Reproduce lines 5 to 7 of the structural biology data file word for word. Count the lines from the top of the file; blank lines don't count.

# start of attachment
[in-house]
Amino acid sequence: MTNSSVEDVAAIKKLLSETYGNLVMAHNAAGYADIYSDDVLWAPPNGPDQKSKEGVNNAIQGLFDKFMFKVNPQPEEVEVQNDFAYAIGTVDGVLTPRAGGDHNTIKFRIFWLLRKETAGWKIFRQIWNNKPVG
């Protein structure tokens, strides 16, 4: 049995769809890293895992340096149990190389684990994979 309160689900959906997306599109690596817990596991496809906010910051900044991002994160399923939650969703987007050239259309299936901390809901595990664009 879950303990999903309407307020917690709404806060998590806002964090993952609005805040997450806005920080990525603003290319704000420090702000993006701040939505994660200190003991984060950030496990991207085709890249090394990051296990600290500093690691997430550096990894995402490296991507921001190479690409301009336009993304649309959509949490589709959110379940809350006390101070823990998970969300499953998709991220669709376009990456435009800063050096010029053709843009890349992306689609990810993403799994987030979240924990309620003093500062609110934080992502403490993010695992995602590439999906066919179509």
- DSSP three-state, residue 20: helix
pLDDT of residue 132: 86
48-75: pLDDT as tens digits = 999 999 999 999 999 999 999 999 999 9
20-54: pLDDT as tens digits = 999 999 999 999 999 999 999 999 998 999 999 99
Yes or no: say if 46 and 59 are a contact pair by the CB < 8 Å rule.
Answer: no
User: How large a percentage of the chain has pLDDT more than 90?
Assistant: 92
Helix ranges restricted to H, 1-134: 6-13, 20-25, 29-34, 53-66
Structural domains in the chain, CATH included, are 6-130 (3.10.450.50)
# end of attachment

pLDDT of residue 132: 86
48-75: pLDDT as tens digits = 999 999 999 999 999 999 999 999 999 9
20-54: pLDDT as tens digits = 999 999 999 999 999 999 999 999 998 999 999 99